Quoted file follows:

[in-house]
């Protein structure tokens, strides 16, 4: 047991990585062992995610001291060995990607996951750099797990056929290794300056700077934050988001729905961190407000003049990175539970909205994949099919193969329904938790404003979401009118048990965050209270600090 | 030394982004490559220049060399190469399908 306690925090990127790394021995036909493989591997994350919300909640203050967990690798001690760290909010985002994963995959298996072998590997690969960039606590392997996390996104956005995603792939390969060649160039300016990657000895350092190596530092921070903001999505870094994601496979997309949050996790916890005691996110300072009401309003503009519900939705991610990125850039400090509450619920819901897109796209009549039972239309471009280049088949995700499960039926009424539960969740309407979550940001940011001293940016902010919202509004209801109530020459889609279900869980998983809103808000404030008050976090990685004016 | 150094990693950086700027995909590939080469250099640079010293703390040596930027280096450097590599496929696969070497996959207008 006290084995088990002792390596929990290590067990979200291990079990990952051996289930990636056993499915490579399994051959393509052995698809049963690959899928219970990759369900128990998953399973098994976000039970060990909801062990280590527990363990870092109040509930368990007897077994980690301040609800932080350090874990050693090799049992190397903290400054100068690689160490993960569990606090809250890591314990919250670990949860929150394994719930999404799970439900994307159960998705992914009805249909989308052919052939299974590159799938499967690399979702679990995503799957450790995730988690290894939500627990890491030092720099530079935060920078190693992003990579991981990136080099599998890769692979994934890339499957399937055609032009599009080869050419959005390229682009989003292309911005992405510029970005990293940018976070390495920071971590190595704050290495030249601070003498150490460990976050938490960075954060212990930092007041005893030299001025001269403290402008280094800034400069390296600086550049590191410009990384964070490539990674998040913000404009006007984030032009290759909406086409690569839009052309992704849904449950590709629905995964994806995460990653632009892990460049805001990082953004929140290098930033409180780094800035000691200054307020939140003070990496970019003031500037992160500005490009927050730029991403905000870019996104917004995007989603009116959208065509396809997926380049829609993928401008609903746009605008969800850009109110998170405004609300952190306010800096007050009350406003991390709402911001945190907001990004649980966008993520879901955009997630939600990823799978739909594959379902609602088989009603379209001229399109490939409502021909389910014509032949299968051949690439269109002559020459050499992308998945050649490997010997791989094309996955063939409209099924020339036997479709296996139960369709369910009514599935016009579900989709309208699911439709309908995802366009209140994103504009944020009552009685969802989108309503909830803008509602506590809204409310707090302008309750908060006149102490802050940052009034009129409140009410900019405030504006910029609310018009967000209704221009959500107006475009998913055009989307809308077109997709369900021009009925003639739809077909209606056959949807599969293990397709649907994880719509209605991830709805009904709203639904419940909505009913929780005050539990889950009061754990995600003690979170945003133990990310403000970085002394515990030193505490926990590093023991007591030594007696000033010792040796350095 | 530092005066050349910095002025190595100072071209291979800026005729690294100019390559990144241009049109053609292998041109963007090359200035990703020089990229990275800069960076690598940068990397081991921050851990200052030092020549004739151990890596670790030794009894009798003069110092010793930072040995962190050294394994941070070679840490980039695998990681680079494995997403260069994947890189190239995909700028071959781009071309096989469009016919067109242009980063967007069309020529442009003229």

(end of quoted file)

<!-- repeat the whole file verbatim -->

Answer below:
[in-house]
């Protein structure tokens, strides 16, 4: 047991990585062992995610001291060995990607996951750099797990056929290794300056700077934050988001729905961190407000003049990175539970909205994949099919193969329904938790404003979401009118048990965050209270600090 | 030394982004490559220049060399190469399908 306690925090990127790394021995036909493989591997994350919300909640203050967990690798001690760290909010985002994963995959298996072998590997690969960039606590392997996390996104956005995603792939390969060649160039300016990657000895350092190596530092921070903001999505870094994601496979997309949050996790916890005691996110300072009401309003503009519900939705991610990125850039400090509450619920819901897109796209009549039972239309471009280049088949995700499960039926009424539960969740309407979550940001940011001293940016902010919202509004209801109530020459889609279900869980998983809103808000404030008050976090990685004016 | 150094990693950086700027995909590939080469250099640079010293703390040596930027280096450097590599496929696969070497996959207008 006290084995088990002792390596929990290590067990979200291990079990990952051996289930990636056993499915490579399994051959393509052995698809049963690959899928219970990759369900128990998953399973098994976000039970060990909801062990280590527990363990870092109040509930368990007897077994980690301040609800932080350090874990050693090799049992190397903290400054100068690689160490993960569990606090809250890591314990919250670990949860929150394994719930999404799970439900994307159960998705992914009805249909989308052919052939299974590159799938499967690399979702679990995503799957450790995730988690290894939500627990890491030092720099530079935060920078190693992003990579991981990136080099599998890769692979994934890339499957399937055609032009599009080869050419959005390229682009989003292309911005992405510029970005990293940018976070390495920071971590190595704050290495030249601070003498150490460990976050938490960075954060212990930092007041005893030299001025001269403290402008280094800034400069390296600086550049590191410009990384964070490539990674998040913000404009006007984030032009290759909406086409690569839009052309992704849904449950590709629905995964994806995460990653632009892990460049805001990082953004929140290098930033409180780094800035000691200054307020939140003070990496970019003031500037992160500005490009927050730029991403905000870019996104917004995007989603009116959208065509396809997926380049829609993928401008609903746009605008969800850009109110998170405004609300952190306010800096007050009350406003991390709402911001945190907001990004649980966008993520879901955009997630939600990823799978739909594959379902609602088989009603379209001229399109490939409502021909389910014509032949299968051949690439269109002559020459050499992308998945050649490997010997791989094309996955063939409209099924020339036997479709296996139960369709369910009514599935016009579900989709309208699911439709309908995802366009209140994103504009944020009552009685969802989108309503909830803008509602506590809204409310707090302008309750908060006149102490802050940052009034009129409140009410900019405030504006910029609310018009967000209704221009959500107006475009998913055009989307809308077109997709369900021009009925003639739809077909209606056959949807599969293990397709649907994880719509209605991830709805009904709203639904419940909505009913929780005050539990889950009061754990995600003690979170945003133990990310403000970085002394515990030193505490926990590093023991007591030594007696000033010792040796350095 | 530092005066050349910095002025190595100072071209291979800026005729690294100019390559990144241009049109053609292998041109963007090359200035990703020089990229990275800069960076690598940068990397081991921050851990200052030092020549004739151990890596670790030794009894009798003069110092010793930072040995962190050294394994941070070679840490980039695998990681680079494995997403260069994947890189190239995909700028071959781009071309096989469009016919067109242009980063967007069309020529442009003229």